Wolf Forum & Asian Carp Smuggling
Host: Rebecca Williams
Show date: 06/02/2011
The federal government says gray wolves in the Great Lakes states are no longer endangered, and they can come off the endangered species list. If that happens, the state would be in charge of managing the wolves.
The Department of Natural Resources is holding a forum in Marquette tomorrow. The DNRís inviting everyone from the farm bureau to conservation and hunting groups. The agency wants these groups to weigh in on the stateís wolf management plan.
Christopher Hoving is with the DNR. He says the plan would allow officials to shoot problem wolves. For example... if a wolf kills a cow or a sheep.
ďItís not something we like to do or want to do, but we canít have that behavior of killing sheep be spread throughout the population.Ē
He says under the state plan, Michigan residents can also kill a wolf thatís attacking their livestock or pets.
This is the Environment Report.
State and federal agencies working to keep Asian carp out of the Great Lakes recently laid out their plans for 2011.
These agencies are focused mainly on the waterways around Chicago, where the fish could get in from the Mississippi River basin to Lake Michigan.
But thereís another route for Asian carp. Theyíre riding on trucks... that are bringing live carp from fish farms in the South.
Two fish distributors were issued large fines this winter for bringing live Asian carp into Canada. Itís illegal.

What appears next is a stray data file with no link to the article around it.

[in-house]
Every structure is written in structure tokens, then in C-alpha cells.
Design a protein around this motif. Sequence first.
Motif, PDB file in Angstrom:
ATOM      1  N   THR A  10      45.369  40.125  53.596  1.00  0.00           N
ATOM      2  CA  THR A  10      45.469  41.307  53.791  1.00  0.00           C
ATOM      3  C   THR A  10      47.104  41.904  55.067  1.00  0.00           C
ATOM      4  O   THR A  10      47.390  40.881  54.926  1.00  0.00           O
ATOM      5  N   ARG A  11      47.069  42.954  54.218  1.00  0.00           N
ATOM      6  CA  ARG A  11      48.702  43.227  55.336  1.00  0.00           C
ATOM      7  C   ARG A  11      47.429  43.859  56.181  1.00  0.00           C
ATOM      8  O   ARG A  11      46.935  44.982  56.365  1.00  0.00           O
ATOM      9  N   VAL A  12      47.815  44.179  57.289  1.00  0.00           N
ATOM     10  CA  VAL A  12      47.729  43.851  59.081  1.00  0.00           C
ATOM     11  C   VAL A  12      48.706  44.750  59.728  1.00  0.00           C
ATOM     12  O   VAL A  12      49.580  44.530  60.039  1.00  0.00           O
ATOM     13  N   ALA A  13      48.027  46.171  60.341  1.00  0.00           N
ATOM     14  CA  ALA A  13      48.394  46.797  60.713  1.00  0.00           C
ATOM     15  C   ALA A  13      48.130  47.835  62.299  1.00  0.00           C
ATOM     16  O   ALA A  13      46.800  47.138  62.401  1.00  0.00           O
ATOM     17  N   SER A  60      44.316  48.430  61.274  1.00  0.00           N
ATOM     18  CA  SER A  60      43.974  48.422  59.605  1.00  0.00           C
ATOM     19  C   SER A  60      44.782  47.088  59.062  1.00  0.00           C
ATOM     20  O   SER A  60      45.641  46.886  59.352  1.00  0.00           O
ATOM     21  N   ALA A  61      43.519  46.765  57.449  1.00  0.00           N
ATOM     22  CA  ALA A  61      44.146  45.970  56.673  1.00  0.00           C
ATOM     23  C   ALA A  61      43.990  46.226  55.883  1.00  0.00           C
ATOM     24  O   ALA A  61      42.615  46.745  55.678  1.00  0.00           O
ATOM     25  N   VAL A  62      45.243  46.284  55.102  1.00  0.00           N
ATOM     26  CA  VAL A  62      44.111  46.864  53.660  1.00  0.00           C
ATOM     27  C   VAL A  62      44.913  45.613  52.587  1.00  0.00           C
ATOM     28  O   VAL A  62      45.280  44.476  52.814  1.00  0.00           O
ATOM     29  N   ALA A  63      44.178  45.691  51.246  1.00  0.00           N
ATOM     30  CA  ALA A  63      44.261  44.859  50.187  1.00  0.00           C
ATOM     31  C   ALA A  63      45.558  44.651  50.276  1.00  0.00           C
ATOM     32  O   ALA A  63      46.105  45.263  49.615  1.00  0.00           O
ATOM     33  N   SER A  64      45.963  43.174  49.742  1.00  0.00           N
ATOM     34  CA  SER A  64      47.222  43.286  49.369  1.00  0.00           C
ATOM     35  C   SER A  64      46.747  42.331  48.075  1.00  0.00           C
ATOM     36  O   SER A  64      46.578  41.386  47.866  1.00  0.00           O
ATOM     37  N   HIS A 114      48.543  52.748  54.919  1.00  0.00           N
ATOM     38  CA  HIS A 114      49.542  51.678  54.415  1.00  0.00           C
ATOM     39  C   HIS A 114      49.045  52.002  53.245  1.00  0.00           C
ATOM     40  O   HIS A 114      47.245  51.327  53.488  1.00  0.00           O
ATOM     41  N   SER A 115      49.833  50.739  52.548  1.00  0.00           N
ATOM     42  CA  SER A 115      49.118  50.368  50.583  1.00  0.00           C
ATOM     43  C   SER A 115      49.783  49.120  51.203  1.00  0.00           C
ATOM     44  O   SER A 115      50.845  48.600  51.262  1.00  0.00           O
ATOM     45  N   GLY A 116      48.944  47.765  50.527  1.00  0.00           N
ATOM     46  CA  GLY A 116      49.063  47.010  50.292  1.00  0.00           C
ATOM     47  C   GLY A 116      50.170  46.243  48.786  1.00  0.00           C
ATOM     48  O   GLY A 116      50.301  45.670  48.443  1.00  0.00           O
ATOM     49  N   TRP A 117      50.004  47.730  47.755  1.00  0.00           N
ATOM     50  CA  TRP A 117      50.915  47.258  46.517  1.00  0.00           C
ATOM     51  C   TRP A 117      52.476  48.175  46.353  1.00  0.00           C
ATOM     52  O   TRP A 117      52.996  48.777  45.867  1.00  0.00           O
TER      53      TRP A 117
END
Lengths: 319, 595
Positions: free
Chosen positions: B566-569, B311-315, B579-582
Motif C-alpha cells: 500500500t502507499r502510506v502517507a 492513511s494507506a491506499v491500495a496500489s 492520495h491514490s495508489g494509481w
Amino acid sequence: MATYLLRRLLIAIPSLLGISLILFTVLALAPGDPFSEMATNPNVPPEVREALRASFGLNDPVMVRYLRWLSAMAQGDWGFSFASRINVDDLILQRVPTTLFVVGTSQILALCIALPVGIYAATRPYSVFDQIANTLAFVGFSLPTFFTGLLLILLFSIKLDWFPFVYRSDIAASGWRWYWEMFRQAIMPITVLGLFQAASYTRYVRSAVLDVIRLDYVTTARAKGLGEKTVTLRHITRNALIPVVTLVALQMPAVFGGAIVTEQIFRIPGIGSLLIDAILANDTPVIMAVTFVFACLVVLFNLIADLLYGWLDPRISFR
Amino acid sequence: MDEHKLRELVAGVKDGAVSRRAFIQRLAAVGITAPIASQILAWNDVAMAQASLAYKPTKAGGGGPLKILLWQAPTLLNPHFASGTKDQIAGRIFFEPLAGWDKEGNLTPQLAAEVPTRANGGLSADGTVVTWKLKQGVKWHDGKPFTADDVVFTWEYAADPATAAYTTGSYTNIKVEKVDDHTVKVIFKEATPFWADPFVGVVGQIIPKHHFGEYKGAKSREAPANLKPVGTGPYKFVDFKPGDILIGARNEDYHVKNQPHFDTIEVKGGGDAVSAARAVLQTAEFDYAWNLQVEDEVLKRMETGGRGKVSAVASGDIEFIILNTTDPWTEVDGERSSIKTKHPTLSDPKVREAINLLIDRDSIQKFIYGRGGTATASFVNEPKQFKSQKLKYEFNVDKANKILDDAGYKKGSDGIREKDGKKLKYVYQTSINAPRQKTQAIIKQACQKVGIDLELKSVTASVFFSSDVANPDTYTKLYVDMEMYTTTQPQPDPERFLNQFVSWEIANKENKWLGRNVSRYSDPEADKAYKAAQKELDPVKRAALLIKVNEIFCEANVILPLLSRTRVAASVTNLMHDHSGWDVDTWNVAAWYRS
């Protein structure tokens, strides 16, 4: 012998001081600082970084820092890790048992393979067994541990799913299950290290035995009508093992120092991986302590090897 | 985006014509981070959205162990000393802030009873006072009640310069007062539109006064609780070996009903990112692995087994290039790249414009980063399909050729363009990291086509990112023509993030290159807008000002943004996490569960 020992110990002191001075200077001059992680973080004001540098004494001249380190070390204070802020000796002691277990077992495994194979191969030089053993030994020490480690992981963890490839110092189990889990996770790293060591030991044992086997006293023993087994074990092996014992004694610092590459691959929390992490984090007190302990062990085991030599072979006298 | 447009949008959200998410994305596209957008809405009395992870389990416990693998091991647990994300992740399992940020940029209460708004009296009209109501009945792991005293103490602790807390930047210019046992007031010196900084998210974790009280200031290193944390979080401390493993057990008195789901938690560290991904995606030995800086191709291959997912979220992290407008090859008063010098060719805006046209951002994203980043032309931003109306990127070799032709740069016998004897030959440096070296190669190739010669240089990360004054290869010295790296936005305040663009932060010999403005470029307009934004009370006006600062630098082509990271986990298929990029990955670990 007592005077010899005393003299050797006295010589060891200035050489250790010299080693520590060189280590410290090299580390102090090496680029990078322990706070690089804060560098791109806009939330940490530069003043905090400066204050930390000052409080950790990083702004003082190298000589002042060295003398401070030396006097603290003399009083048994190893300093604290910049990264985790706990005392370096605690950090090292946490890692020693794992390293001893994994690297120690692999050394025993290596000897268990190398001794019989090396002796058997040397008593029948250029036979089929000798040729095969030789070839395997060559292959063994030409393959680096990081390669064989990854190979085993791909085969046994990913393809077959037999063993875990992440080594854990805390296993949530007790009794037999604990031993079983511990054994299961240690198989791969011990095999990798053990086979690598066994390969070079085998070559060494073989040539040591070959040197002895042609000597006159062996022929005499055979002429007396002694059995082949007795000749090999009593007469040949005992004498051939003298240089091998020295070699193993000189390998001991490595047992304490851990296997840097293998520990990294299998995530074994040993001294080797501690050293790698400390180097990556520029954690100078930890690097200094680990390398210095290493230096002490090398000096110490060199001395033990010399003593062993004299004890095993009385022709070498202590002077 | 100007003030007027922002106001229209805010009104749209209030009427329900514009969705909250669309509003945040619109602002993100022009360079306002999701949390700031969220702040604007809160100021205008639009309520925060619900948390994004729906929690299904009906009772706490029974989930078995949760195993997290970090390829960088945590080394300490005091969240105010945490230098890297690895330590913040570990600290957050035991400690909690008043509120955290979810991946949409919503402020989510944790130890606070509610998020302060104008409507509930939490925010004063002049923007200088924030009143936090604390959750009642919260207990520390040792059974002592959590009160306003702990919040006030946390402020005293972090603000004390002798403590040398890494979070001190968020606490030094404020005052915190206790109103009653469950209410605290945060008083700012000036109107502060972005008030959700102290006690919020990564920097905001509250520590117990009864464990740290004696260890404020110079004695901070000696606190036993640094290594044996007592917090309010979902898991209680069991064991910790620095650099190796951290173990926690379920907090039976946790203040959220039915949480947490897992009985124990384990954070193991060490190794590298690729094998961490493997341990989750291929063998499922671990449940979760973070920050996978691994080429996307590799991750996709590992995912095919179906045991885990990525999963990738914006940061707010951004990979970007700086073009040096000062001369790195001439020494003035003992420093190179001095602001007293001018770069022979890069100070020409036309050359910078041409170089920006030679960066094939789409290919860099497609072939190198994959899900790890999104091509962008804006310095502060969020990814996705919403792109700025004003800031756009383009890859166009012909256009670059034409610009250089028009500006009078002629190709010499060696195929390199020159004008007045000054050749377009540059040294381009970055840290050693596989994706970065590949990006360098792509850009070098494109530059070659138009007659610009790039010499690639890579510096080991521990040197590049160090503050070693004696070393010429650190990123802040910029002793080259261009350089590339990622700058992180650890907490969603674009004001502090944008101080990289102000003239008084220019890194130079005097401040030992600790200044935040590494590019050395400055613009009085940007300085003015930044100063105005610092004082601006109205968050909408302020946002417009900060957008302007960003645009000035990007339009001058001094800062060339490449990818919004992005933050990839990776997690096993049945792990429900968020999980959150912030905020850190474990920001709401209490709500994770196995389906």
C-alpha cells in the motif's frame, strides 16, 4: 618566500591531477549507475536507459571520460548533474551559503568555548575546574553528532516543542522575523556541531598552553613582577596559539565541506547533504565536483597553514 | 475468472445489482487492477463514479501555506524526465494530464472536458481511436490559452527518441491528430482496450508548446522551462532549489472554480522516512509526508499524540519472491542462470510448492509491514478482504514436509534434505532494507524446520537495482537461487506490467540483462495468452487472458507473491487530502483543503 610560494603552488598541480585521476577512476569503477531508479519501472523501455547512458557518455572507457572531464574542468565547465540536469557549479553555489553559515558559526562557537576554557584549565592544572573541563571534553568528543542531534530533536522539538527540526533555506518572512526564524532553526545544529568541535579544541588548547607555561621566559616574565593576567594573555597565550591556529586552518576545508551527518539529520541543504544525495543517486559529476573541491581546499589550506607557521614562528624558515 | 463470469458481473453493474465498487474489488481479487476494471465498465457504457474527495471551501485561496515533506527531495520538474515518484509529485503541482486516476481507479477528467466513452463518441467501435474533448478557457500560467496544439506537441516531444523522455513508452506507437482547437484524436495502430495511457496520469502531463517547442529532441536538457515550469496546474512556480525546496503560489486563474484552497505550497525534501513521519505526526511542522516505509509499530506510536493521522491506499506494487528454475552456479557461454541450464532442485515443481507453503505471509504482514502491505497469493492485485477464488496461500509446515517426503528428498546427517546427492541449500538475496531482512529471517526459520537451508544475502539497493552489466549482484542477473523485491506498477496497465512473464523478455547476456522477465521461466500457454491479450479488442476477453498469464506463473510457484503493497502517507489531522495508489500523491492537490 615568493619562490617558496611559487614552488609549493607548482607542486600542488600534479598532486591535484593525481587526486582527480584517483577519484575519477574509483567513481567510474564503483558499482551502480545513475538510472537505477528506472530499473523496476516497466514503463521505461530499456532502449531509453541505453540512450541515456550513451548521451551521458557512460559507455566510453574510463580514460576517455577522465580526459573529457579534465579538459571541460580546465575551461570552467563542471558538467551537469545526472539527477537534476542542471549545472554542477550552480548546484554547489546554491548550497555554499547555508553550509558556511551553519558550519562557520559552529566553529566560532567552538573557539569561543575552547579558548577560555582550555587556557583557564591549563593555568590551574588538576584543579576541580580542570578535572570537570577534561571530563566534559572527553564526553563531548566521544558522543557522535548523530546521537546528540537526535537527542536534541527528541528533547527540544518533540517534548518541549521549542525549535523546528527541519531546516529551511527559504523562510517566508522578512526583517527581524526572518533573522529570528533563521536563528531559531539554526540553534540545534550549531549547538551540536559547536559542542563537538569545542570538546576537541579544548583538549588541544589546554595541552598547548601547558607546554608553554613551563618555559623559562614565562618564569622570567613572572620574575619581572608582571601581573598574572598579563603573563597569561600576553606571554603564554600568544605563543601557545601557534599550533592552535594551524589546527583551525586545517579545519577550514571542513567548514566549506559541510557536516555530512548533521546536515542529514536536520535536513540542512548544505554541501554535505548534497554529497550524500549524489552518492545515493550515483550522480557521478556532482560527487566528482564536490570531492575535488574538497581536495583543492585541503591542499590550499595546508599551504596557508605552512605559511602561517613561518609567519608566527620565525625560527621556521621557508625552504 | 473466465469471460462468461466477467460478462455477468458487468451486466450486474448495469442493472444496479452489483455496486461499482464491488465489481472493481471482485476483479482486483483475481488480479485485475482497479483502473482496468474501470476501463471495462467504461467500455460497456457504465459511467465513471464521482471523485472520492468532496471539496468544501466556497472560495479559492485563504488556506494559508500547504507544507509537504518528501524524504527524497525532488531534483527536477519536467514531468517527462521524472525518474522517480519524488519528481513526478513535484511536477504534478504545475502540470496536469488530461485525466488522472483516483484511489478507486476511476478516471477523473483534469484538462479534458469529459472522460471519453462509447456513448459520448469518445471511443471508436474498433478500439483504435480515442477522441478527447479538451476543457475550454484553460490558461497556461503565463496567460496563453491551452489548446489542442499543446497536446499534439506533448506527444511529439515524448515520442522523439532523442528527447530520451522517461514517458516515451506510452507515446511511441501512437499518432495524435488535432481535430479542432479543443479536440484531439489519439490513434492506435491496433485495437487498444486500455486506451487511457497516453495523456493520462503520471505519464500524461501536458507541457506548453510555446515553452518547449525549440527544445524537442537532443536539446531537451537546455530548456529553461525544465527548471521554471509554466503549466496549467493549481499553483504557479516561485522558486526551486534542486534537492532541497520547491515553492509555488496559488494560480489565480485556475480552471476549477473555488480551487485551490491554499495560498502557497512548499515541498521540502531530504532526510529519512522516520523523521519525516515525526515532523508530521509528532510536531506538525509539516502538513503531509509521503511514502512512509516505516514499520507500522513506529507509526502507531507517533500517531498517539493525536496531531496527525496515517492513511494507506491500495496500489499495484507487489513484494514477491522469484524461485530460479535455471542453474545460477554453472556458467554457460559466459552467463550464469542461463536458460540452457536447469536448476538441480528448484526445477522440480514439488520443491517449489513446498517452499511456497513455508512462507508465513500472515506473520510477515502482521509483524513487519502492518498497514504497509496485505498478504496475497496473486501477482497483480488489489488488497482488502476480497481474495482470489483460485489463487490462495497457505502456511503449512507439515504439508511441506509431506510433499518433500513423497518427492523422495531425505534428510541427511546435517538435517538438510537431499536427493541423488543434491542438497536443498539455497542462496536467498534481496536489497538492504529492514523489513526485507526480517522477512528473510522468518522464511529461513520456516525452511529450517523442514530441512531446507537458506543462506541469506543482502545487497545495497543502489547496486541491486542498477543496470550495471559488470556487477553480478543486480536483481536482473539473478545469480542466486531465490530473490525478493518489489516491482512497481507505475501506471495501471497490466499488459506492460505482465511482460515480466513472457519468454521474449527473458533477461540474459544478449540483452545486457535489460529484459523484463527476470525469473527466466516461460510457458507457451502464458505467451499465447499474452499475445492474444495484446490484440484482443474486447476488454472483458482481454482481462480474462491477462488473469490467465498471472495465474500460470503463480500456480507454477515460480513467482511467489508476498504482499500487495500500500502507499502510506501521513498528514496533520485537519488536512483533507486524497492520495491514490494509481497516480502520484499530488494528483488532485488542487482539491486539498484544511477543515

Peter Payette has been covering this story... and Peter, youíve just gotten back from some of these live fish markets in Toronto. What did you see?
RW: And you tried to get people to talk to you, right, and nobody wanted to talk to you?
Peter: There was not a lot of English being spoken in these stores. In a couple of places it did seem like they understood, a manager would come out who understood I was interested in talking about the sale of live fish and they had no interest in talking to me about that.
RW: Okay, so what's the danger here, we're talking about live fish on trucks, going to fish markets, and presumably, being eaten. How would these fish get into the Great Lakes?
Peter: So I put that question to Peter Meisenheimer. He's the Executive Director of the Ontario Commercial Fisheries Association, and his answer to that was, if you have truck drivers cruising around with contraband and they think there's some danger, they're about to be inspected or pulled over, what do you think they'll do? They'll dump the carp in the nearest waterway. Here's the scenario he described:
"They come up to the first truck inspection station and the lights are up and they supposed to be inspected, you know? I can see the guy skipping by it, taking the first ramp down, finding the first bridge he can dump these things at, because he's not going to dump them in a ditch, somebody will find them, right?"
Peter: The thing about these Asian carp is that they're accustomed to living with very little oxygen. The environments they can live in are fairly stagnant, so I'm told that they can remain alive for a number of hours. I read in one report up to 48 hours out of the water. So these fish distributors are actually bringing carp across that appear dead, but they're hoping to revive them when they're over the border.
All right, thank you Peter.
Peter Payette is a frequent contributor to The Environment Report. I'm Rebecca Williams.